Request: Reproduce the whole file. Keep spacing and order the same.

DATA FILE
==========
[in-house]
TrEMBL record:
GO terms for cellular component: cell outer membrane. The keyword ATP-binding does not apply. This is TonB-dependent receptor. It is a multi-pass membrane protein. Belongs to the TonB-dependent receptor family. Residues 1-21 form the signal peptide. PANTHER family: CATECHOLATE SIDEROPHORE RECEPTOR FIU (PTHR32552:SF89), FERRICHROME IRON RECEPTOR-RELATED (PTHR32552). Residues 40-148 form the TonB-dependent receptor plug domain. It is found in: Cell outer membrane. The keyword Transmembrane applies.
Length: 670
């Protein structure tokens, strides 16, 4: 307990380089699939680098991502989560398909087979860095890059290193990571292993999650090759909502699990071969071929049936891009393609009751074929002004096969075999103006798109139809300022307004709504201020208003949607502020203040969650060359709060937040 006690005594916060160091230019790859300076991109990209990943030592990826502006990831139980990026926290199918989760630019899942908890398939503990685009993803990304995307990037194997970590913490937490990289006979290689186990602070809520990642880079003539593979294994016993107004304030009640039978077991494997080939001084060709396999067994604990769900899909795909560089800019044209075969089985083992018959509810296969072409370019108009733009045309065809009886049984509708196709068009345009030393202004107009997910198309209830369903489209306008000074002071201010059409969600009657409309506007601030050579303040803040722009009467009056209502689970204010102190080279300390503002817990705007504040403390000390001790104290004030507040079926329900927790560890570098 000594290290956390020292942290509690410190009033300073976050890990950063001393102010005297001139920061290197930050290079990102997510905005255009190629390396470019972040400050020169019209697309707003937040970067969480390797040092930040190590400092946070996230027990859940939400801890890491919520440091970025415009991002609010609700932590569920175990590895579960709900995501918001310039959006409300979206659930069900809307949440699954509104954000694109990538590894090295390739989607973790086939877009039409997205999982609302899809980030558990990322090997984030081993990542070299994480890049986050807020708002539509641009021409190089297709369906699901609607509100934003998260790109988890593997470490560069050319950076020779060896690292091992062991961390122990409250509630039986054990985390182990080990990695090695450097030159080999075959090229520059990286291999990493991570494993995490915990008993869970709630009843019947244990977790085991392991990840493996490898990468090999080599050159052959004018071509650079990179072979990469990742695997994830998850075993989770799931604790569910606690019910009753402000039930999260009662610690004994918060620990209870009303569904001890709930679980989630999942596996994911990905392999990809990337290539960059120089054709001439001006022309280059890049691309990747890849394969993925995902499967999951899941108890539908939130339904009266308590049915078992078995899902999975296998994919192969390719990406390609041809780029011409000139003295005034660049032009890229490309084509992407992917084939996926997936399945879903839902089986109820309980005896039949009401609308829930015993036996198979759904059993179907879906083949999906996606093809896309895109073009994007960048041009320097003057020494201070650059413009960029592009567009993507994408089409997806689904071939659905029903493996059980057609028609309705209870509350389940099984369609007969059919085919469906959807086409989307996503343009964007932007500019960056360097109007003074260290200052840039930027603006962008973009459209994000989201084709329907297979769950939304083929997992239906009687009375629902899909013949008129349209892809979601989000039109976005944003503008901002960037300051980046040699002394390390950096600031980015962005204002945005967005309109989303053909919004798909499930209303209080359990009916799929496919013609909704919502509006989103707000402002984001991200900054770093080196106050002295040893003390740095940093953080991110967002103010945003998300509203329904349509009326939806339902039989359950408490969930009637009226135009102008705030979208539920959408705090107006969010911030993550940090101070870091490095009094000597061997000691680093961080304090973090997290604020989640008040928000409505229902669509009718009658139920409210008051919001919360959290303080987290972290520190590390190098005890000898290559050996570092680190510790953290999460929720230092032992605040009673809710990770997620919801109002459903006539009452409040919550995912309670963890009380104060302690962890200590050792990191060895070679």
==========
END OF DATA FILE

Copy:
[in-house]
TrEMBL record:
GO terms for cellular component: cell outer membrane. The keyword ATP-binding does not apply. This is TonB-dependent receptor. It is a multi-pass membrane protein. Belongs to the TonB-dependent receptor family. Residues 1-21 form the signal peptide. PANTHER family: CATECHOLATE SIDEROPHORE RECEPTOR FIU (PTHR32552:SF89), FERRICHROME IRON RECEPTOR-RELATED (PTHR32552). Residues 40-148 form the TonB-dependent receptor plug domain. It is found in: Cell outer membrane. The keyword Transmembrane applies.
Length: 670
């Protein structure tokens, strides 16, 4: 307990380089699939680098991502989560398909087979860095890059290193990571292993999650090759909502699990071969071929049936891009393609009751074929002004096969075999103006798109139809300022307004709504201020208003949607502020203040969650060359709060937040 006690005594916060160091230019790859300076991109990209990943030592990826502006990831139980990026926290199918989760630019899942908890398939503990685009993803990304995307990037194997970590913490937490990289006979290689186990602070809520990642880079003539593979294994016993107004304030009640039978077991494997080939001084060709396999067994604990769900899909795909560089800019044209075969089985083992018959509810296969072409370019108009733009045309065809009886049984509708196709068009345009030393202004107009997910198309209830369903489209306008000074002071201010059409969600009657409309506007601030050579303040803040722009009467009056209502689970204010102190080279300390503002817990705007504040403390000390001790104290004030507040079926329900927790560890570098 000594290290956390020292942290509690410190009033300073976050890990950063001393102010005297001139920061290197930050290079990102997510905005255009190629390396470019972040400050020169019209697309707003937040970067969480390797040092930040190590400092946070996230027990859940939400801890890491919520440091970025415009991002609010609700932590569920175990590895579960709900995501918001310039959006409300979206659930069900809307949440699954509104954000694109990538590894090295390739989607973790086939877009039409997205999982609302899809980030558990990322090997984030081993990542070299994480890049986050807020708002539509641009021409190089297709369906699901609607509100934003998260790109988890593997470490560069050319950076020779060896690292091992062991961390122990409250509630039986054990985390182990080990990695090695450097030159080999075959090229520059990286291999990493991570494993995490915990008993869970709630009843019947244990977790085991392991990840493996490898990468090999080599050159052959004018071509650079990179072979990469990742695997994830998850075993989770799931604790569910606690019910009753402000039930999260009662610690004994918060620990209870009303569904001890709930679980989630999942596996994911990905392999990809990337290539960059120089054709001439001006022309280059890049691309990747890849394969993925995902499967999951899941108890539908939130339904009266308590049915078992078995899902999975296998994919192969390719990406390609041809780029011409000139003295005034660049032009890229490309084509992407992917084939996926997936399945879903839902089986109820309980005896039949009401609308829930015993036996198979759904059993179907879906083949999906996606093809896309895109073009994007960048041009320097003057020494201070650059413009960029592009567009993507994408089409997806689904071939659905029903493996059980057609028609309705209870509350389940099984369609007969059919085919469906959807086409989307996503343009964007932007500019960056360097109007003074260290200052840039930027603006962008973009459209994000989201084709329907297979769950939304083929997992239906009687009375629902899909013949008129349209892809979601989000039109976005944003503008901002960037300051980046040699002394390390950096600031980015962005204002945005967005309109989303053909919004798909499930209303209080359990009916799929496919013609909704919502509006989103707000402002984001991200900054770093080196106050002295040893003390740095940093953080991110967002103010945003998300509203329904349509009326939806339902039989359950408490969930009637009226135009102008705030979208539920959408705090107006969010911030993550940090101070870091490095009094000597061997000691680093961080304090973090997290604020989640008040928000409505229902669509009718009658139920409210008051919001919360959290303080987290972290520190590390190098005890000898290559050996570092680190510790953290999460929720230092032992605040009673809710990770997620919801109002459903006539009452409040919550995912309670963890009380104060302690962890200590050792990191060895070679």